I led a press conference this morning, packed with television cameras at The Humane Society of the United States' headquarters in Washington, D.C., to announce the results of a new eight-month investigation into puppy mill cruelty. The HSUS investigated more than 20 Petland stores and found that these stores, part of the nation's largest puppy-selling retail chain, are selling dogs from abusive puppy mills in Missouri and across the Midwest, while assuring consumers that they only buy puppies from good breeders with the highest standards of care. Some Petland stores even buy puppies from brokers and middlemen, and may not even know who the breeder is until after the puppy arrives in the store.
Along with Stephanie Shain, director of The HSUS Stop Puppy Mills campaign, I showed a video of this new exposé, and you can watch it here. It's the largest-ever puppy mill investigation, but only the latest in a series of HSUS efforts exposing the cruelty at puppy mills, dog auctions, and pet stores across the country. There are 140 Petland stores in the U.S., selling tens of thousands of puppies each year, many procured from unscrupulous operators who treat dogs not like family pets but like a cash crop.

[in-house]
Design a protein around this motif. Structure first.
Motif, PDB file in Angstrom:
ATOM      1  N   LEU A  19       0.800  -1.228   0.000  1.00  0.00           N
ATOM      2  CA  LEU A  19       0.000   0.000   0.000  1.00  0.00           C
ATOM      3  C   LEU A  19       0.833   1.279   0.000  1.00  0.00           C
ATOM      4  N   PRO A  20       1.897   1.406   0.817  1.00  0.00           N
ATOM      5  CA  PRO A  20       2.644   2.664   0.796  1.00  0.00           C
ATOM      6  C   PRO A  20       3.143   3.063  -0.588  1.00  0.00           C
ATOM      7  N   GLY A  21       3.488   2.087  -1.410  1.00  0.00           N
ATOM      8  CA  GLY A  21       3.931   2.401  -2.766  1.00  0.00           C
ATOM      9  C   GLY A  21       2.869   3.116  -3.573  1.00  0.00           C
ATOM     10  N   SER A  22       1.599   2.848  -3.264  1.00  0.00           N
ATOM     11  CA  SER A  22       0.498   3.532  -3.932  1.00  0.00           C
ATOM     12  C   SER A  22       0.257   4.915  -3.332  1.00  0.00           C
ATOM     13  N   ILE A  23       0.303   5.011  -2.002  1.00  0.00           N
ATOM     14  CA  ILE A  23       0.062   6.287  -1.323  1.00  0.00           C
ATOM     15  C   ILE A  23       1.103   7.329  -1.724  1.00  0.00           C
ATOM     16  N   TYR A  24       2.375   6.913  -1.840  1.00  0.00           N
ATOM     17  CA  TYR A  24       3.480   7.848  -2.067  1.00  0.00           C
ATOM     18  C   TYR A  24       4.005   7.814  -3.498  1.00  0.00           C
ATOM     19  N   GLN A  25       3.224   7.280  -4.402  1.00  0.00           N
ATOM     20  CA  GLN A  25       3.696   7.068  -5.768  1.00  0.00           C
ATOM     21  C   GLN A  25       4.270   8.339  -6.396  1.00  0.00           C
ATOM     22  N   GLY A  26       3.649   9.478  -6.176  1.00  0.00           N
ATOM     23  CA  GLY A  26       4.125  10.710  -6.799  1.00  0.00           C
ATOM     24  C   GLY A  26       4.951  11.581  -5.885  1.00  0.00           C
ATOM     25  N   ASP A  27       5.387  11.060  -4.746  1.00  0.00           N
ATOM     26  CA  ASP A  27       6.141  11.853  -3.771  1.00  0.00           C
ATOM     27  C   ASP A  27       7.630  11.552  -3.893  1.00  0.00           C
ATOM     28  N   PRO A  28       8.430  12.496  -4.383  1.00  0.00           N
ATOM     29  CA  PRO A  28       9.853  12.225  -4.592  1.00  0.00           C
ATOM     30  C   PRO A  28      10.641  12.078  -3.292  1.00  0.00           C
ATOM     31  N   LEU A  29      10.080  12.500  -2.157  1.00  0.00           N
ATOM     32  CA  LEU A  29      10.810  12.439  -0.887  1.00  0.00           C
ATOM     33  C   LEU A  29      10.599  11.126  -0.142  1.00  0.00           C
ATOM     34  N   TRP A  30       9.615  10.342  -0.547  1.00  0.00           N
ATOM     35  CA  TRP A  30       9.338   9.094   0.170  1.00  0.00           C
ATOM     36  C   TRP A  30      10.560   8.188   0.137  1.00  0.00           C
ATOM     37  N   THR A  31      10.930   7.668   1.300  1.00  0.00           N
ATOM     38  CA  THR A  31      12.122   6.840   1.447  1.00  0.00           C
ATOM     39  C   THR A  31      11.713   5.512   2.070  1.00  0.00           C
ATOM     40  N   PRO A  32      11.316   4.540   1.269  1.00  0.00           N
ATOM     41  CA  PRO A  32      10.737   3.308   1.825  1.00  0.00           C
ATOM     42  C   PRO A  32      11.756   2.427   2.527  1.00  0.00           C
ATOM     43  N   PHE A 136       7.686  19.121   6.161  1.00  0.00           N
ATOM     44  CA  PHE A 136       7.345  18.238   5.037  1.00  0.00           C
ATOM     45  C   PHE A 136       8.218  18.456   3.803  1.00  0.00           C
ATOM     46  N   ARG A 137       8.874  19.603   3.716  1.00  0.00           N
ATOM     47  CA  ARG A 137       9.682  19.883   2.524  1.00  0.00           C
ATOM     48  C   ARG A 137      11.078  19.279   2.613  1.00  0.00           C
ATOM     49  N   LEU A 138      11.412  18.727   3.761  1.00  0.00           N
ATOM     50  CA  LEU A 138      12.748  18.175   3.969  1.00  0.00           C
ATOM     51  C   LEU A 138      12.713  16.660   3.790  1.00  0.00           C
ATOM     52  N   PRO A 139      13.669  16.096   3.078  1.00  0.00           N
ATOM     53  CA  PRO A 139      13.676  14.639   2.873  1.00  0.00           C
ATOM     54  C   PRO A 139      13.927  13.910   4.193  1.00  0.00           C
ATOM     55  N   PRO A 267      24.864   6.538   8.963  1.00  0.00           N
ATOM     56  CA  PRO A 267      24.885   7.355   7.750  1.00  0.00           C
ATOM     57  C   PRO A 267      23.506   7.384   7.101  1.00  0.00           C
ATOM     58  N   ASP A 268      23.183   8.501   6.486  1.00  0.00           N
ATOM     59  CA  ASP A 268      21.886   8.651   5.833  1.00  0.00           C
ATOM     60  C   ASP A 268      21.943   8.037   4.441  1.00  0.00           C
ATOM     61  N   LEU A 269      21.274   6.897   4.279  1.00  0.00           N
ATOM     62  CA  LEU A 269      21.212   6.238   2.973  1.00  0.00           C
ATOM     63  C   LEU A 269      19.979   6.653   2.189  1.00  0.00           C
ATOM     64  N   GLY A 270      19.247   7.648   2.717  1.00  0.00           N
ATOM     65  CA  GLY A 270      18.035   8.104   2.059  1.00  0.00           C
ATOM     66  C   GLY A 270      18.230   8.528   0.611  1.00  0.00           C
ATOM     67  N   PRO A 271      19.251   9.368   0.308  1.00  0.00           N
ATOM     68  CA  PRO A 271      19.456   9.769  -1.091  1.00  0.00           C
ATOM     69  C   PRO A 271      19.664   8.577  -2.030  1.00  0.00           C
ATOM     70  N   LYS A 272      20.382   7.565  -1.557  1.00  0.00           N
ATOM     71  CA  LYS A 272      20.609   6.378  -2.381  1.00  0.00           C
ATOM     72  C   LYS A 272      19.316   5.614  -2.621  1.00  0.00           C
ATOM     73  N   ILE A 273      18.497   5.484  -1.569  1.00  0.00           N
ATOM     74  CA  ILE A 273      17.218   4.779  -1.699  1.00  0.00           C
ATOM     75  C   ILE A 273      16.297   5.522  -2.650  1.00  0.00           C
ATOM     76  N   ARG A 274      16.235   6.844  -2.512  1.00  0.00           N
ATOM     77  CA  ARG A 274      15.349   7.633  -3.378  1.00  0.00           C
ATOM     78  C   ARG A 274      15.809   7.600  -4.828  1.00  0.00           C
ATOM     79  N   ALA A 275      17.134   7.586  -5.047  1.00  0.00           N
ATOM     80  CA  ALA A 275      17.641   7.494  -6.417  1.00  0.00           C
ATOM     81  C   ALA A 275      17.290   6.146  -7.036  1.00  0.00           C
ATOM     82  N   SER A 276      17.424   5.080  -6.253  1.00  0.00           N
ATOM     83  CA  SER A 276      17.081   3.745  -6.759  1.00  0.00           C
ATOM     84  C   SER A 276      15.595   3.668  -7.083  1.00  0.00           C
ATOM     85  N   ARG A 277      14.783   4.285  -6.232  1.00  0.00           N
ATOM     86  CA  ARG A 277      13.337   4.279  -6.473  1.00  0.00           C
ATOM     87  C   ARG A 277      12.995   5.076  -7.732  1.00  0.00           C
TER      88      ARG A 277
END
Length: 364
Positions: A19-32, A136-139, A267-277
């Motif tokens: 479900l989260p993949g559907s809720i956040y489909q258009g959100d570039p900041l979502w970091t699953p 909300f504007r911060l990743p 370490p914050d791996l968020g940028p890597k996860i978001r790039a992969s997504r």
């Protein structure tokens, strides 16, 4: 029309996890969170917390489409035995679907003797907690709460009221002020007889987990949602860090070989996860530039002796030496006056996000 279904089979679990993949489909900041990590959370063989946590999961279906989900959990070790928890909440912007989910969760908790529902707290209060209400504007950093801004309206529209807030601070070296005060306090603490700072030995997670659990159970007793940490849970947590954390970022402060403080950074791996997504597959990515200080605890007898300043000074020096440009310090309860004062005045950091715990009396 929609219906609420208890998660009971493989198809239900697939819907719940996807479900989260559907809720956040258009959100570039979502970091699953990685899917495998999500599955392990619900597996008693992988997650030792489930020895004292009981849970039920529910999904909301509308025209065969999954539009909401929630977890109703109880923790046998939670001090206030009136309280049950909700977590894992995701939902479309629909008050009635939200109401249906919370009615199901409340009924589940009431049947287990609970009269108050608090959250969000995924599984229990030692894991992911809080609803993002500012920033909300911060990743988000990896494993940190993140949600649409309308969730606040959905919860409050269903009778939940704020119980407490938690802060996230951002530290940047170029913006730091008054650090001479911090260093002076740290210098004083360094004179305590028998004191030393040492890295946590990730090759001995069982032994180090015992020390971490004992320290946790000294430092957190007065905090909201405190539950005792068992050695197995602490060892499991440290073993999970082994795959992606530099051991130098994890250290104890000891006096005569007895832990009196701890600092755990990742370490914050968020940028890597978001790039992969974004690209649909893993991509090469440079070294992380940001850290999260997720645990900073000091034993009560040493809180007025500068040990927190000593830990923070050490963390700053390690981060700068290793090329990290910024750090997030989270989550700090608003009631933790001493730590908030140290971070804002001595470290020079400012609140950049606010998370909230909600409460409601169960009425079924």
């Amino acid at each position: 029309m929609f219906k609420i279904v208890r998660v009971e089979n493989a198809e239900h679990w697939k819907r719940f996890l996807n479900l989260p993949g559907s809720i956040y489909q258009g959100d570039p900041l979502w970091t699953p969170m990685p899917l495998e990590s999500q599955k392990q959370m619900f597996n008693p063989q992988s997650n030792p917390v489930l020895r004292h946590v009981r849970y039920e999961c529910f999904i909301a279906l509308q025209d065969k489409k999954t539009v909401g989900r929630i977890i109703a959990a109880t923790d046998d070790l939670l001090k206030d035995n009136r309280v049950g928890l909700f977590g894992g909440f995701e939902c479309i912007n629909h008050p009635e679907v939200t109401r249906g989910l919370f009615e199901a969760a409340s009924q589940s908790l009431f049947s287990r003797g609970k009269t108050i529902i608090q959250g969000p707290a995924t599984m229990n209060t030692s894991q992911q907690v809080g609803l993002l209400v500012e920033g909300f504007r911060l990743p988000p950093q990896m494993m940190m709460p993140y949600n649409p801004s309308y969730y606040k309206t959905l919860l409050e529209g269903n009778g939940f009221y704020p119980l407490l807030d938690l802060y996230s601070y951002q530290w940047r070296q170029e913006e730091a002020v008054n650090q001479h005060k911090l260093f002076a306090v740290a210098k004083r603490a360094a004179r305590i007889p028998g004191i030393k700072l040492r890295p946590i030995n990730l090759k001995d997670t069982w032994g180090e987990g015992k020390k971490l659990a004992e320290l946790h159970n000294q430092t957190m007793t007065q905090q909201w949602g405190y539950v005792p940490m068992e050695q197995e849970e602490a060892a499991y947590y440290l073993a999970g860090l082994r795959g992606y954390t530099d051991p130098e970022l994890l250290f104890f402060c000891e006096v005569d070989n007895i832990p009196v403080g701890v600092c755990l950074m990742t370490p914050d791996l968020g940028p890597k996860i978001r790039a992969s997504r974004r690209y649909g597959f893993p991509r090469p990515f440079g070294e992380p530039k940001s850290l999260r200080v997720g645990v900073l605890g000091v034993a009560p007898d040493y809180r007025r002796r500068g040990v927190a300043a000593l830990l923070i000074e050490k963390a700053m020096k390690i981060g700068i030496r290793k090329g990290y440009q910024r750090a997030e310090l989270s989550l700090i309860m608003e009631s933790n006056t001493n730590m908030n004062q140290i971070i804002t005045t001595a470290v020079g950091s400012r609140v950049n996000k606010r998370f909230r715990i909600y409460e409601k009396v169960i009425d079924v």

The Humane Society Legislative Fund is working to advance public policies that curb the worst abuses in the puppy mill industry. This year, Louisiana, Pennsylvania, and Virginia passed strong anti-puppy mill laws, and the Farm Bill passed by the U.S. Congress banned the import of young dogs from foreign puppy mills in China, Mexico, and other countries. New legislation in Congress -- the Puppy Uniform Protection Statute (PUPS), or "Baby's Bill" -- would require that dogs get 60 minutes of exercise per day rather than being confined in cages for their entire lives, and would also apply the Animal Welfare Act guidelines to puppy breeders who sell directly to the public or over the Internet and currently escape federal regulation.
But in addition to public policies, we need corporate and consumer responsibility. Petland should not perpetuate the cruel puppy mill industry, and should join leading retailers like PETCO and PetSmart who have socially responsible policies of not selling puppies in their stores and who instead work with humane societies and rescue groups to promote adoptions of homeless animals. As the holiday season approaches, which is the top puppy-buying time of year, consumers need to beware and take action. Don't be fooled by false assurances that pet store puppies come from "good breeders," when time and time again we have found the mothers of these puppies suffering in filthy, cramped cages for their entire lives.